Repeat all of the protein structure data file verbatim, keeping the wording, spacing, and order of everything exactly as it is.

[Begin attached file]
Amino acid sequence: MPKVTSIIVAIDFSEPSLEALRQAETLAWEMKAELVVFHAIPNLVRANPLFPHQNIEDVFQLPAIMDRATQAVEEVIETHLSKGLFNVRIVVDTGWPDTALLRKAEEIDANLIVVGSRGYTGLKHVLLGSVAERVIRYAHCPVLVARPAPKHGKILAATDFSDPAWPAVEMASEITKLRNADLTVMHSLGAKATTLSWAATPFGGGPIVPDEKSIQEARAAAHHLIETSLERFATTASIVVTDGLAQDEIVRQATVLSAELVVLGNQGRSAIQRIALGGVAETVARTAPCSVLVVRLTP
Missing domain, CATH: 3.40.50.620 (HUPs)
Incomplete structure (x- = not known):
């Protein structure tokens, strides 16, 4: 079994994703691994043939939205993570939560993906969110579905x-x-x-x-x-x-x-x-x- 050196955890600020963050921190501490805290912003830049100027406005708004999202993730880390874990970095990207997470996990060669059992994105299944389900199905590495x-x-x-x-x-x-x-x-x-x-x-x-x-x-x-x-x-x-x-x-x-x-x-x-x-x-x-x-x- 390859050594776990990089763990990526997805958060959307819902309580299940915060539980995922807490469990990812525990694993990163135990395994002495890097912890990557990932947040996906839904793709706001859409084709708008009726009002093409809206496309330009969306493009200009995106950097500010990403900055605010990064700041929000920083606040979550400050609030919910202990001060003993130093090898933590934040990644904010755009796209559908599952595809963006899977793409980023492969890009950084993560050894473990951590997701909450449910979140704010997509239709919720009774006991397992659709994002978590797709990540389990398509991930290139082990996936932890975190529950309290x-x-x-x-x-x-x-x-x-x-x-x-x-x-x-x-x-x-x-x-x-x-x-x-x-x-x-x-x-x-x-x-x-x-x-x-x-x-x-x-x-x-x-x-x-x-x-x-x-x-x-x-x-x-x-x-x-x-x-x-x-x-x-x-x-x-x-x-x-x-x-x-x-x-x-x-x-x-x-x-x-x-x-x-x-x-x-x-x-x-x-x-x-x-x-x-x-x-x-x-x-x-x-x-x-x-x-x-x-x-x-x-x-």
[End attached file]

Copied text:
Amino acid sequence: MPKVTSIIVAIDFSEPSLEALRQAETLAWEMKAELVVFHAIPNLVRANPLFPHQNIEDVFQLPAIMDRATQAVEEVIETHLSKGLFNVRIVVDTGWPDTALLRKAEEIDANLIVVGSRGYTGLKHVLLGSVAERVIRYAHCPVLVARPAPKHGKILAATDFSDPAWPAVEMASEITKLRNADLTVMHSLGAKATTLSWAATPFGGGPIVPDEKSIQEARAAAHHLIETSLERFATTASIVVTDGLAQDEIVRQATVLSAELVVLGNQGRSAIQRIALGGVAETVARTAPCSVLVVRLTP
Missing domain, CATH: 3.40.50.620 (HUPs)
Incomplete structure (x- = not known):
């Protein structure tokens, strides 16, 4: 079994994703691994043939939205993570939560993906969110579905x-x-x-x-x-x-x-x-x- 050196955890600020963050921190501490805290912003830049100027406005708004999202993730880390874990970095990207997470996990060669059992994105299944389900199905590495x-x-x-x-x-x-x-x-x-x-x-x-x-x-x-x-x-x-x-x-x-x-x-x-x-x-x-x-x- 390859050594776990990089763990990526997805958060959307819902309580299940915060539980995922807490469990990812525990694993990163135990395994002495890097912890990557990932947040996906839904793709706001859409084709708008009726009002093409809206496309330009969306493009200009995106950097500010990403900055605010990064700041929000920083606040979550400050609030919910202990001060003993130093090898933590934040990644904010755009796209559908599952595809963006899977793409980023492969890009950084993560050894473990951590997701909450449910979140704010997509239709919720009774006991397992659709994002978590797709990540389990398509991930290139082990996936932890975190529950309290x-x-x-x-x-x-x-x-x-x-x-x-x-x-x-x-x-x-x-x-x-x-x-x-x-x-x-x-x-x-x-x-x-x-x-x-x-x-x-x-x-x-x-x-x-x-x-x-x-x-x-x-x-x-x-x-x-x-x-x-x-x-x-x-x-x-x-x-x-x-x-x-x-x-x-x-x-x-x-x-x-x-x-x-x-x-x-x-x-x-x-x-x-x-x-x-x-x-x-x-x-x-x-x-x-x-x-x-x-x-x-x-x-």